Mr. St. Pierre stunned newsroom colleagues when he stood for election in 1968, running under the Liberal banner in a campaign remembered for Trudeaumania. The columnist threw his cowboy hat into the ring in Coast Chilcotin, a constituency so vast the legal description of its borders runs 687 words, including longitudes and latitudes. He was dispatched to Ottawa with 10,292 votes to 7,477 for the runner-up NDP candidate.
As independent minded as his constituents, he bristled at the restrictions of party discipline, “balking like a cayuse on its first halter,” the journalist Patrick Nagle would later write. In time, Mr. St. Pierre made peace, of sorts, with the party’s leadership, serving as parliamentary secretary to External Affairs Minister Mitchell Sharp. At the United Nations, he protested the “poisonous, dangerous and in the ultimate futile” testing of nuclear weapons by the superpowers. He also headed Canada’s first delegation to the Organization of American States as non-member observers in 1972.
The job cost him both personally and financially. His marriage faltered during this period, eventually ending in divorce. As well, the $12,000 salary he earned as a member of Parliament represented a substantial cut from the sum he earned as a columnist. He also faced the cost of chartering a float plane to visit remote outposts in his sprawling riding, which was said to have 50,000 people living on 50,000 square miles.
“All I can claim is the mileage I could charge if I went by road, if there was a road, and that isn’t enough to get me off the ground,” he complained.
Despite the hardship, he was one of only six MPs, five of them from British Columbia, to pledge not to accept a $6,000 pay raise.
His reward after four years of crisscrossing the country was to be defeated by the NDP’s Harry Olaussen by 360 votes in 1972, an outcome likely owing to antipathy toward his leader. When Pierre Trudeau accompanied Mr. St. Pierre to the Williams Lake Stampede in 1970, the Prime Minister wore slacks and a striped dress shirt with an ascot. Mr. St. Pierre dressed like his constituents – in a Western shirt with bolo tie, a large buckle on the belt holding up his jeans.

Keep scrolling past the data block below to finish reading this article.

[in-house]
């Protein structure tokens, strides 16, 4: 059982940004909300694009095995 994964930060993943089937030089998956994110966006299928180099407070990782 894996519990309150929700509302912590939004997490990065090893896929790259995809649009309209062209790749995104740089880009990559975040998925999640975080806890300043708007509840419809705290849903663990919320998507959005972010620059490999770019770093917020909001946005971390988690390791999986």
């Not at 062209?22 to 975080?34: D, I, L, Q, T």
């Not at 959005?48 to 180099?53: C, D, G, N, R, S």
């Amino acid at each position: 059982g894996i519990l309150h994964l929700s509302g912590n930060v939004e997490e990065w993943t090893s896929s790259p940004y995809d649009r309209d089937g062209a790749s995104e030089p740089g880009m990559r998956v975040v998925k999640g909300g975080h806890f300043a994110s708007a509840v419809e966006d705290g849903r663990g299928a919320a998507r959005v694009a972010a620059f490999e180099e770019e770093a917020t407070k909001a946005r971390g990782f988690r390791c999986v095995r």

His contribution to political life included a memorable aphorism: “Canadian politics in British Columbia is an adventure, on the Prairies a cause, in Ontario a business, in Quebec a religion, in the Maritimes a disease.”
In 1979, Mr. St. Pierre gave up his newspaper column to become a B.C. police commissioner, serving for four years.
In 2000, he received the Terasen (now George Woodcock) Lifetime Achievement Award for his contribution to letters in British Columbia. As well, he won awards for his stage plays and teleplays, while the Western Writers of America presented him with a Spur Award for short fiction in 1984 for the story Sale of One Small Ranch.
Mr. St. Pierre died at his home in Fort Langley, B.C., on July 27. He leaves a son, Paul St. Pierre, and daughters Michelle Marino and Suzanne St. Pierre from his first marriage, as well as a daughter, Yesica Gonzalez, whom he adopted from an impoverished family in the Mexican fishing village in which he wintered. He also leaves 10 grandchildren. A second marriage also ended in divorce.
Before his death, the author purchased a grave marker on which he had carved the epitaph: “This was not my idea.”
For a man celebrated as the chronicler of a wild, Western life, Mr. St. Pierre harboured a prejudice that probably would have surprised his readers. He did not like horses.
“They’re stupid animals,” he once told the critic Robert Fulford, “and as far as I’m concerned their only value is that riding them is better than walking.”